The United Nations recently published its 2008 Global E-Government Review, an exhaustive comparator of countries and trends from all regions of the world. Relative to the last such undertaking in 2005, Canada’s performance is stagnant, up one place from seventh to eighth. Noteworthy as well is that the U.S. fell from first to fourth, displaced by Sweden, Denmark and Norway, underscoring the widening gap between Europe and North America.
How concerned should we be? Much depends on perspective. If one believes that e-government is primarily about delivering services online, Canada is clearly slipping and the implications are real enough, though perhaps not severe. After all, Canada remained number two in Accenture’s 2007 survey and in terms of the UN, a top 10 placement is not such a bad result. As the Government of Canada’s own Citizen’s First surveys have shown, the citizenry in this country is hardly despondent in their roles as consumers of public services.
Yet on the other hand, even Accenture’s study pointed to an emerging expectations gap between how the Government of Canada perceives its own performance and the public’s judgement. The governance of Service Canada remains in legal limbo and the internal efforts to forge a next-generation vision of service delivery have largely been met with indifference by political leaders in Ottawa.
Elsewhere, the UN report demonstrates that progress continues unabated. Northern Europe is without question the most digitally advanced group of countries at present: interoperability and open source experimentation, virtual payment systems and electronic health records are all more established realities in Scandinavia than anywhere else.
An equally strong focus on the e-society means a narrowing and almost negligible digital divide, with any lingering effects effectively addressed by a set of robust multi-channel strategies.
Indeed, from a broader interpretation of e-government as a more digitally inclusive and participative polity (co-existing alongside networked industries and communities), the UN findings are a good deal more worrisome. In terms of e-participation rankings, for instance, Canada’s place falls to eleventh from fourth in 2005.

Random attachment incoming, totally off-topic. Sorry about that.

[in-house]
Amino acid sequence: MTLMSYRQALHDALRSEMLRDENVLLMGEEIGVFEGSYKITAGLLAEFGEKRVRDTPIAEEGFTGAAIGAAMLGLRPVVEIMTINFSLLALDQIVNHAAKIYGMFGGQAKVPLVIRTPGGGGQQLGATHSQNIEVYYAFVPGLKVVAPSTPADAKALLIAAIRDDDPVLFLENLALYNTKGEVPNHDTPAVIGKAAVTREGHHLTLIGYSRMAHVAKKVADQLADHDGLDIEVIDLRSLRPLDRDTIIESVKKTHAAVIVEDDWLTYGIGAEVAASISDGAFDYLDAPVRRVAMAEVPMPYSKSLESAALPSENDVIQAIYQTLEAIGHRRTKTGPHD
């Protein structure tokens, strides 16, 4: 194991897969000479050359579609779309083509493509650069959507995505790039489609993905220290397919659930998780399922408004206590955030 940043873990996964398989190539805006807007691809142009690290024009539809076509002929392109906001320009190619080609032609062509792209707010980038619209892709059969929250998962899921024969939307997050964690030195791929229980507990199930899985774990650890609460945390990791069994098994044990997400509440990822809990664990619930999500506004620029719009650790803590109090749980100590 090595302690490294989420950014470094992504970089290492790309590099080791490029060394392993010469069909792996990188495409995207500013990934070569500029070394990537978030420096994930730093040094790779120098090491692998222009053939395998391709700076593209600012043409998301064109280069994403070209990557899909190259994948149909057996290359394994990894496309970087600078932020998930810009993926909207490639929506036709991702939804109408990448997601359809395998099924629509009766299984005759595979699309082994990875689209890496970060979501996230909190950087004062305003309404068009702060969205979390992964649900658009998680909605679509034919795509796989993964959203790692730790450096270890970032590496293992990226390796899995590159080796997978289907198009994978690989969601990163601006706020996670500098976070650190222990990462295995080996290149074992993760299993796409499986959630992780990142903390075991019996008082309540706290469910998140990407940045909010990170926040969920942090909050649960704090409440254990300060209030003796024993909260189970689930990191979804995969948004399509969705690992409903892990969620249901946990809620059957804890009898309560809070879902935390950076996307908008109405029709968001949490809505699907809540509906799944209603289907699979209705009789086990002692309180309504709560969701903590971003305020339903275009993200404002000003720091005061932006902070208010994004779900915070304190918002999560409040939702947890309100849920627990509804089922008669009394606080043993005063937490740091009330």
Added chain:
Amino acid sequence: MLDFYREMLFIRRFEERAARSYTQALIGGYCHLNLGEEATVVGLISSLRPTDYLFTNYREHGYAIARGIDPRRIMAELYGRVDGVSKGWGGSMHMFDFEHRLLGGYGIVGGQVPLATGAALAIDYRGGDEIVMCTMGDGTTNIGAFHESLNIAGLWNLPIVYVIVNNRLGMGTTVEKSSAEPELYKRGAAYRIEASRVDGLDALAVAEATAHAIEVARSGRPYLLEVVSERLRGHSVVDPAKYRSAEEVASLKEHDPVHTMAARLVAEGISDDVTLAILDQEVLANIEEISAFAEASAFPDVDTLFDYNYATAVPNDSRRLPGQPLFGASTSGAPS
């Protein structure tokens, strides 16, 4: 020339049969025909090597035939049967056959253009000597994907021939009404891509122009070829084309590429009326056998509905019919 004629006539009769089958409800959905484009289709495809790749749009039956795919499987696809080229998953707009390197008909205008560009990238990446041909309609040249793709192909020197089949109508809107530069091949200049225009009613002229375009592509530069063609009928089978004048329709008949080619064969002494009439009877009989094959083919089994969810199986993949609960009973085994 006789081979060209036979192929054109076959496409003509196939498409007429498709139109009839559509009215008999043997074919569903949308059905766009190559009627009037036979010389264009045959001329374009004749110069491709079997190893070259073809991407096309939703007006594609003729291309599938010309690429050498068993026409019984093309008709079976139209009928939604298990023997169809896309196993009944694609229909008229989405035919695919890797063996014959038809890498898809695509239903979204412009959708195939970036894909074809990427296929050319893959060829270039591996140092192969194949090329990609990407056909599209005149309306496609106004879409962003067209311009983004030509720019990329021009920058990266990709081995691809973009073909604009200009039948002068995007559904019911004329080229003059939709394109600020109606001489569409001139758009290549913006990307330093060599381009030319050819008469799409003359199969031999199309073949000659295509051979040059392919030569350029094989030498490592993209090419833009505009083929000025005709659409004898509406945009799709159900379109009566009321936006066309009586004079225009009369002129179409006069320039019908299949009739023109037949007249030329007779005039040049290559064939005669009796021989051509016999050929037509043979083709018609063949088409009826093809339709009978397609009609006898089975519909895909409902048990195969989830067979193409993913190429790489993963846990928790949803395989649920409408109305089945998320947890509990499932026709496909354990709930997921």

In the realm of e-consultation, New Zealand and the U.S. are the highest ranked countries, largely due to the range of efforts to seek input not only on service quality but on a variety of policy matters as well. Korea, Denmark and France emerge as leaders in e-decision-making, each one providing a formal linkage between public input received online and policy decisions. Still, only 11 per cent of countries worldwide provide this sort of formal commitment to making use of e-participation, a reflection of the largely untapped potential of online engagement.
As is often the case with international reviews, the primary focus of the UN report is on national governments. The growing importance of inter-jurisdictional coordination is nonetheless highlighted as an important aspect of overall public sector performance, one with both service and democratic implications. As Canada struggles with a basic framework for identity management, many other countries are designing federated architectures inclusive of all levels of government.
Europe’s advantage is evident here as Scandinavian countries are not only national leaders but partners within the broader digital governance frameworks of the European Union. In the case of e-health, for example, there is at the very least a basis for continental dialogue – and cross-learning technologically and politically. Vastly different governance systems in Canada and the U.S., by contrast, leave little room for strategic collaboration except for the largely subversive networks pertaining to border security and public safety.
Another sobering lesson from the UN effort is the continual infrastructure and performance gap between the developed and developing worlds. In many parts of the world, e-government must still compete with roads, reliable water and basic medical supplies. While the potential for digital transformation is real enough, resources and skills are all too scarce.
With e-government indifference at the political level, Canada is hardly well positioned to improve prospects globally. Yet the fact remains that the world must begin to do more to address digital governance less as a competitive advantage for individual (and the wealthiest) nations than as a collective basis for an interdependent world. A more prosperous and progressive world means that government cannot remain the only sector so firmly shackled by national boundaries.
Although readers in this country may be forgiven for believing at times that e-government’s day has come and gone, the UN report demonstrates how it permeates most everything the public sector does. For politicians to get this message, the public must take notice as well.
Jeffrey Roy is Associate Professor in the School of Public Administration at Dalhousie University. Although a contributor to the 2008 UN Global Survey, he played no role in the assessment process. The UN Survey is freely available online at http://unpan1.un.org/intradoc/groups/public/documents/un/unpan028607.pdf.